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ACM/IEEE Joint Conference on Digital Libraries 2017
University of Toronto
JCDL 2017 | #JCDL@2017
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Tuesday, June 20 • 14:00 - 15:30
Paper Session 02: Semantics and Linking

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Pavlos Fafalios, Helge Holzmann, Vaibhav Kasturia and Wolfgang Nejdl. Building and Querying Semantic Layers for Web Archives (Full)

*VB Best Paper Award Nominee

Web archiving is the process of collecting portions of the Web to ensure the information is preserved for future exploitation. However, despite the increasing number of web archives worldwide, the absence of efficient and meaningful exploration methods still remains a major hurdle in the way of turning them into a usable and useful information source. In this paper, we elaborate on this problem and propose an RDF/S model and a distributed framework for building semantic profiles ("layers") that describe semantic information about the contents of web archives. A semantic layer allows describing metadata information about the archived documents, annotating them with useful semantic information (like entities, concepts and events), and publishing all this data on the Web as Linked Data. Such structured repositories offer advanced query and integration capabilities and make web archives directly exploitable by other systems and tools. To demonstrate their query capabilities, we build and query semantic layers for three different types of web archives. An experimental evaluation showed that a semantic layer can answer information needs that existing keyword-based systems are not able to sufficiently satisfy.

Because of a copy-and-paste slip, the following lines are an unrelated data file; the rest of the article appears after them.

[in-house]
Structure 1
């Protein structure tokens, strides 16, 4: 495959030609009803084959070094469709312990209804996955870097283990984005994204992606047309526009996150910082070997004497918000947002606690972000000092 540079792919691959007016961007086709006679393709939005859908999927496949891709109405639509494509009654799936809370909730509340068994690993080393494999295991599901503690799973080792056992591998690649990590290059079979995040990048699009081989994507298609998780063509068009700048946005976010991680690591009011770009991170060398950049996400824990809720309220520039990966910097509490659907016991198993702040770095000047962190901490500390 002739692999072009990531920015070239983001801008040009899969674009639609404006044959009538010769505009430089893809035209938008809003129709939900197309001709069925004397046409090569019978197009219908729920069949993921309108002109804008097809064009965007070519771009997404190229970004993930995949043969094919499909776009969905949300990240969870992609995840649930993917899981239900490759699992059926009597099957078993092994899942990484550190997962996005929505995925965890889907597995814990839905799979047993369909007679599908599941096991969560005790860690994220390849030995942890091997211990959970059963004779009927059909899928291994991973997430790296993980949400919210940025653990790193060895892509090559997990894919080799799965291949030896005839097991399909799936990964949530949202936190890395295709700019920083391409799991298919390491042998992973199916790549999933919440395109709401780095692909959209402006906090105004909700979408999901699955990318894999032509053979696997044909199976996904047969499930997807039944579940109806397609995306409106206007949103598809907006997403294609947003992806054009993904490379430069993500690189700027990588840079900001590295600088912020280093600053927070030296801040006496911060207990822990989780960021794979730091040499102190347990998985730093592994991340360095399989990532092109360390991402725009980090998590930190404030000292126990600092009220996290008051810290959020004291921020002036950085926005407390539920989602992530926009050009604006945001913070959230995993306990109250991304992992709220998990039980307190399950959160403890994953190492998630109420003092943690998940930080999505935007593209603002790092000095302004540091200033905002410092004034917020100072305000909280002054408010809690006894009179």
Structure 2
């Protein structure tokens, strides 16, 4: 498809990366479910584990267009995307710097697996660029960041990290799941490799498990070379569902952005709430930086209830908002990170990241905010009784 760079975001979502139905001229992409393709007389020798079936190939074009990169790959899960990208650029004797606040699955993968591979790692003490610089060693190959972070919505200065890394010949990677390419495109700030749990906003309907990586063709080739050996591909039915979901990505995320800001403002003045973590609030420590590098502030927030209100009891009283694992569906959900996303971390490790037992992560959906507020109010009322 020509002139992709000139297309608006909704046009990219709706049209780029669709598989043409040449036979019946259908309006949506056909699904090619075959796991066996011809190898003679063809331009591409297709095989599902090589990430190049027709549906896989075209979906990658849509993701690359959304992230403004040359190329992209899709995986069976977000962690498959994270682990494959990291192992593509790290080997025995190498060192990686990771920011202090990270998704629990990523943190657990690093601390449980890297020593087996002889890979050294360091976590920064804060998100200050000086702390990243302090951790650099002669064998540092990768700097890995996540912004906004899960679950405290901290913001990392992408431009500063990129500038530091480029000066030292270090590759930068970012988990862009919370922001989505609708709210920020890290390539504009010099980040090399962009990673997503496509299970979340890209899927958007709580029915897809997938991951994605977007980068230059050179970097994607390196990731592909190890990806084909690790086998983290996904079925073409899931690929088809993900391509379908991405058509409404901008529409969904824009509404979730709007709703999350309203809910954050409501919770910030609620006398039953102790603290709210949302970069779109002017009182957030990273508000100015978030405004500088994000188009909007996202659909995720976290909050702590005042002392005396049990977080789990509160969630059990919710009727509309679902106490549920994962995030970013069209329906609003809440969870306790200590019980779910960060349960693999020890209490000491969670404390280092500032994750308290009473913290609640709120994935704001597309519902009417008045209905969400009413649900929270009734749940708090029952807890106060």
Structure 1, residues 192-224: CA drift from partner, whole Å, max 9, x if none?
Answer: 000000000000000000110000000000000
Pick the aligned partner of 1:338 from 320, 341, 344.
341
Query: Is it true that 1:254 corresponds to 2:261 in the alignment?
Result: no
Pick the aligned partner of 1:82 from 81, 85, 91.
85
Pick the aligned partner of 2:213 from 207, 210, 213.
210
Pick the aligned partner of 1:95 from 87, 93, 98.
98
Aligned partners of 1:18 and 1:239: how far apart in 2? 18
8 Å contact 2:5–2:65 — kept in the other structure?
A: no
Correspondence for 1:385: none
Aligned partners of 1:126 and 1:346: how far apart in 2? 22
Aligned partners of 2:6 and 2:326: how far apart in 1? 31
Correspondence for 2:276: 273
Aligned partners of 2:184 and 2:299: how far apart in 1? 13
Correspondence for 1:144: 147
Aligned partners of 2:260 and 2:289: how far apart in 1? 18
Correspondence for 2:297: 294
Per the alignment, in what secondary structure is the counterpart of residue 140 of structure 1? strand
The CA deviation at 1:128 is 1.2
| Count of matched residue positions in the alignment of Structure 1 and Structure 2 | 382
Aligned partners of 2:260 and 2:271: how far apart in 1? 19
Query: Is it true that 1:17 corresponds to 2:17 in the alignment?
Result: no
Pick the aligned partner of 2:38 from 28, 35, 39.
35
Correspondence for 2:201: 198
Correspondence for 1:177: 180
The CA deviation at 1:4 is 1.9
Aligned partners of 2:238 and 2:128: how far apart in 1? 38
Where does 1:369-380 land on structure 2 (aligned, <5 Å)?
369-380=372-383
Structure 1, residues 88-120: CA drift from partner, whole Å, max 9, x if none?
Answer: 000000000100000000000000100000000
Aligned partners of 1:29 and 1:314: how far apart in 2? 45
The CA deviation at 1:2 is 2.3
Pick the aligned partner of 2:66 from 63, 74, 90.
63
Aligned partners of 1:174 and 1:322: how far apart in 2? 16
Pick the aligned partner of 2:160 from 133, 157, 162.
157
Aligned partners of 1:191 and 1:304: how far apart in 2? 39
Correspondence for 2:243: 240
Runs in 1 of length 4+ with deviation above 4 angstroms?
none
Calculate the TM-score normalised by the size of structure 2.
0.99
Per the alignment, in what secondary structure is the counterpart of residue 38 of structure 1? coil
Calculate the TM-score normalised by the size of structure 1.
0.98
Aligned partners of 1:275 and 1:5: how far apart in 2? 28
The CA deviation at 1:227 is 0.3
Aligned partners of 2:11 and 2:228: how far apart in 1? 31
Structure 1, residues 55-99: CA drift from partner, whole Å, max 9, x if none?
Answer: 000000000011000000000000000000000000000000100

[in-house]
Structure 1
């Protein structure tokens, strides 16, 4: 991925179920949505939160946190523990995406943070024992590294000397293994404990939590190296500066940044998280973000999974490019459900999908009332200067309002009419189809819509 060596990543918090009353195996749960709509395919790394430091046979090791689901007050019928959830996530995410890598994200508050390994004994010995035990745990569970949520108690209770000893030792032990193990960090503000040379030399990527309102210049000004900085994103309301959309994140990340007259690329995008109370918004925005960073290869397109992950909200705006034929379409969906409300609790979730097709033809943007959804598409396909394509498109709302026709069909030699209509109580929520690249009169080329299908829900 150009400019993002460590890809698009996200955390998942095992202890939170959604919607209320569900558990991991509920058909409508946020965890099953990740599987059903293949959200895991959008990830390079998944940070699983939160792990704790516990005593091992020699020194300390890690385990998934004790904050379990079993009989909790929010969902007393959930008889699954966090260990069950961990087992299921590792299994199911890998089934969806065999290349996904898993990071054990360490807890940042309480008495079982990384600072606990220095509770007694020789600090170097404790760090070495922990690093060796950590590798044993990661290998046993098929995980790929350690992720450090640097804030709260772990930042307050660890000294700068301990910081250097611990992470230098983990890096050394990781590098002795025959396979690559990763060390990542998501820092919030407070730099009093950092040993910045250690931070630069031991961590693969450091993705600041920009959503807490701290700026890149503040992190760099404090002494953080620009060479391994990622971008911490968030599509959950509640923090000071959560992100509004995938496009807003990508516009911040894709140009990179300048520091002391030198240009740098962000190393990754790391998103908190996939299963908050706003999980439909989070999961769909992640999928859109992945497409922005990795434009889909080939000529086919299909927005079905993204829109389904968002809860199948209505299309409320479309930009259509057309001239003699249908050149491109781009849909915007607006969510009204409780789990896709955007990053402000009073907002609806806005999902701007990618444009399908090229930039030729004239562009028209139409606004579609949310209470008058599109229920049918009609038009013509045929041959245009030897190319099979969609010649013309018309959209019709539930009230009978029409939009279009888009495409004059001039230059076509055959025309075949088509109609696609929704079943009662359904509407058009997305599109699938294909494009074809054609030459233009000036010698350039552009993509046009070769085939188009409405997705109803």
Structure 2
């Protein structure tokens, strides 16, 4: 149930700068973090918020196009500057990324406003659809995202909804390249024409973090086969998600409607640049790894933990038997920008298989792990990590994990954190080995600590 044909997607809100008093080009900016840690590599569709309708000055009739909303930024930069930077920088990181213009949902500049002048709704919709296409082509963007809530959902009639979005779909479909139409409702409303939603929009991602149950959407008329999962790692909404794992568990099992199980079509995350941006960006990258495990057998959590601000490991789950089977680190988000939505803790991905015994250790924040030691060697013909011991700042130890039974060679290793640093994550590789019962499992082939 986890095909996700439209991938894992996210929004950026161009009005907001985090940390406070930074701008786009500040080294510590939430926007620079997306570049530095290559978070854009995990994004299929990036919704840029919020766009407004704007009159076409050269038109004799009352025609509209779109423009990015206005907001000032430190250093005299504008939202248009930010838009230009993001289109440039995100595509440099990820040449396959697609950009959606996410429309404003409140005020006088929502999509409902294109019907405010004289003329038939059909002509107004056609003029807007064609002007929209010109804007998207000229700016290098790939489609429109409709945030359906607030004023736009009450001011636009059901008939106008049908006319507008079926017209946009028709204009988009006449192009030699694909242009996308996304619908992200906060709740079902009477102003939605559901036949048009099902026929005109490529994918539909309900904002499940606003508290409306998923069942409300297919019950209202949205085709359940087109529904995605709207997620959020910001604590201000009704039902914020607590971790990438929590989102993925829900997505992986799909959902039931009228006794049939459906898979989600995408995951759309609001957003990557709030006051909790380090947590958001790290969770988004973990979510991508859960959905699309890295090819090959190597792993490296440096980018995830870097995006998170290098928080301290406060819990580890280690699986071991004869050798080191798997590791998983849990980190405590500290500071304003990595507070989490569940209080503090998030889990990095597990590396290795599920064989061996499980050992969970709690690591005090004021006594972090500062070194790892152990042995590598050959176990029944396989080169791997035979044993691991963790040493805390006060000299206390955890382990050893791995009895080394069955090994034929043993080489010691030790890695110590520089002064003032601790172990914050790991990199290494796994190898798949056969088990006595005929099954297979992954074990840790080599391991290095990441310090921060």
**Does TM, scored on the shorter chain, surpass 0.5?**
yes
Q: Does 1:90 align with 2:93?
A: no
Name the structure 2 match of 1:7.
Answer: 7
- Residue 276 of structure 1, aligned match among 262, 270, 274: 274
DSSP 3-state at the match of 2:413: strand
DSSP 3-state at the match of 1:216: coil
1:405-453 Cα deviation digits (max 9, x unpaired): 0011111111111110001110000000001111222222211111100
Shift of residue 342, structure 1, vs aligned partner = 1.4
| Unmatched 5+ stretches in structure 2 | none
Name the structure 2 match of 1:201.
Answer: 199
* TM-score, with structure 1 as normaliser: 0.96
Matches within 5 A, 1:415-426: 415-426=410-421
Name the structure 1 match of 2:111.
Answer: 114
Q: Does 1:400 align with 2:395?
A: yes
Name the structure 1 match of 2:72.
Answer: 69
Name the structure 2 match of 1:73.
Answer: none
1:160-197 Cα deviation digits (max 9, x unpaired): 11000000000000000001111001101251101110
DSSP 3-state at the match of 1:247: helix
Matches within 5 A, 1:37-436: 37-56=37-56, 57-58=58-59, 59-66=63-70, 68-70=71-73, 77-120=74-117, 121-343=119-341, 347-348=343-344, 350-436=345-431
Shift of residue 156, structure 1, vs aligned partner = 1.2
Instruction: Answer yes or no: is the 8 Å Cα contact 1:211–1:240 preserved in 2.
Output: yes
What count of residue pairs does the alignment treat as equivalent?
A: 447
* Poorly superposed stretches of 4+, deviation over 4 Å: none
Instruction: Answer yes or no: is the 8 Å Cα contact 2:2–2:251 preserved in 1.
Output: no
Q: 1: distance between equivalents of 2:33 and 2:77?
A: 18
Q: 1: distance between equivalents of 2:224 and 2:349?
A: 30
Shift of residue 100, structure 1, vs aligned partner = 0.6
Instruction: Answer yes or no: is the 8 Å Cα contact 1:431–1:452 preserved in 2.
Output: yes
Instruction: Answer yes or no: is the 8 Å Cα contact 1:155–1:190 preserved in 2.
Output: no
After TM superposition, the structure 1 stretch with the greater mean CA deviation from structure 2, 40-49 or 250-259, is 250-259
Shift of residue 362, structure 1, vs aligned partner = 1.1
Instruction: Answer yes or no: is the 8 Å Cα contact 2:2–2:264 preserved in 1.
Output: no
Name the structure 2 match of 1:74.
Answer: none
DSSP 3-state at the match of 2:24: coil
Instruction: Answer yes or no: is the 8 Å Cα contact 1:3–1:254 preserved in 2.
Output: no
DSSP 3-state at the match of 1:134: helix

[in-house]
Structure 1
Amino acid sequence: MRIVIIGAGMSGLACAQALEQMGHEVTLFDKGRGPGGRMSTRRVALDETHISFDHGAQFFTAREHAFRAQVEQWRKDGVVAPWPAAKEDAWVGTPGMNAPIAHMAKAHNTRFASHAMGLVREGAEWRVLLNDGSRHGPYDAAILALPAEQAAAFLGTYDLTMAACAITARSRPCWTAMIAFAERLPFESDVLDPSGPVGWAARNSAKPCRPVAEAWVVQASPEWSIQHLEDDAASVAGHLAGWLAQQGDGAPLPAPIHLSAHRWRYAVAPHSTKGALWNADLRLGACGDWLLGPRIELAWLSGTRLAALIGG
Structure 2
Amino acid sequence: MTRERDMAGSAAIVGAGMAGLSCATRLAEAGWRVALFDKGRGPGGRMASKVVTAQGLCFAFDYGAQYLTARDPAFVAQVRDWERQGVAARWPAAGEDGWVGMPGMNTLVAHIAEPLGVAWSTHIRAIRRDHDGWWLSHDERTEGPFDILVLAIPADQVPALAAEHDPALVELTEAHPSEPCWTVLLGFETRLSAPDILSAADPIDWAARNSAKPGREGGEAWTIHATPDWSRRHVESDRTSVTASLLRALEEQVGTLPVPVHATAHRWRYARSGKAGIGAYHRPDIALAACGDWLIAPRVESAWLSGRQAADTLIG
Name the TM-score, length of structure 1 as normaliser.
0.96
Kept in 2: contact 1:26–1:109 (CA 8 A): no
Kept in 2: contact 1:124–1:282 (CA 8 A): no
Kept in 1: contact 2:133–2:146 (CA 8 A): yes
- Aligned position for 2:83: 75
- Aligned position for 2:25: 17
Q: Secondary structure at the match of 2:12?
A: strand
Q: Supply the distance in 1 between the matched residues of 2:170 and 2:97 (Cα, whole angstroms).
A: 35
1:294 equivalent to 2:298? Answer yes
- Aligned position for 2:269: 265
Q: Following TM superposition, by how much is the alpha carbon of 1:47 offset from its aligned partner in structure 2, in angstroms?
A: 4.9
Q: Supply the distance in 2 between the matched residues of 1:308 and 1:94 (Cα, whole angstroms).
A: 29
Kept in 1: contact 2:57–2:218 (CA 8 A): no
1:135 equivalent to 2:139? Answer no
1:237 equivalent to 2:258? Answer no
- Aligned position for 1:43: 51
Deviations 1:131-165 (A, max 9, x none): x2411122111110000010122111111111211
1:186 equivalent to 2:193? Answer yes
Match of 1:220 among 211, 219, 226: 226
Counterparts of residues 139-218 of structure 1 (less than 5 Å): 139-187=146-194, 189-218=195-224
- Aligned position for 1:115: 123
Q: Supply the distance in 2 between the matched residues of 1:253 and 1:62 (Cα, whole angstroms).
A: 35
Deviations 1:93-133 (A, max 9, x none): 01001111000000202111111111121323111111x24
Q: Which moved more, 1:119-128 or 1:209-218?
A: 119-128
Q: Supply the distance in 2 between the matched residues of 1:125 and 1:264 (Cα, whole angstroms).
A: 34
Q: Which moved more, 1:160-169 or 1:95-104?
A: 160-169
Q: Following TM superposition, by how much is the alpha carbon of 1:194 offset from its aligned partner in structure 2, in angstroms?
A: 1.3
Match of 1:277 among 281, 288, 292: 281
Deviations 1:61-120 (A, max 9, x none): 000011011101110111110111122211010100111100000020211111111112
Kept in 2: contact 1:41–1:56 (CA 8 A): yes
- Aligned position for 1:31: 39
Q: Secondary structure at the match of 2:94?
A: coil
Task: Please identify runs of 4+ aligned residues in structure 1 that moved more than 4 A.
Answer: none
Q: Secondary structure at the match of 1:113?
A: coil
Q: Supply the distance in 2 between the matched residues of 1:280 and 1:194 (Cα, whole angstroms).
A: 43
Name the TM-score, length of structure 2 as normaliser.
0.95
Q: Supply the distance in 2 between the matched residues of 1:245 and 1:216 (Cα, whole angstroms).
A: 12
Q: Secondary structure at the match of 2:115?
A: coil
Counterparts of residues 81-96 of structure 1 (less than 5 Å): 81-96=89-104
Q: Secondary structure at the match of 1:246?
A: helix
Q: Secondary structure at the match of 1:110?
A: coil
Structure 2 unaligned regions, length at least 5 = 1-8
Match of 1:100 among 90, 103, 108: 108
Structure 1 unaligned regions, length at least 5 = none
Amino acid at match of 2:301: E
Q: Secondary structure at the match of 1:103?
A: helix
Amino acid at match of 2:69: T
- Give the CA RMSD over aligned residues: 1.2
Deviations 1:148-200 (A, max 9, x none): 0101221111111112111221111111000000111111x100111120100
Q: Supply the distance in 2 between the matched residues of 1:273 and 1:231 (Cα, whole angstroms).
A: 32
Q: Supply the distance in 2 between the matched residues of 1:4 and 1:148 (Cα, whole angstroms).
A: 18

Abhik Jana, Sruthi Mooriyath, Animesh Mukherjee and Pawan Goyal. WikiM: Metapaths based Wikification of Scientific Abstracts (Full)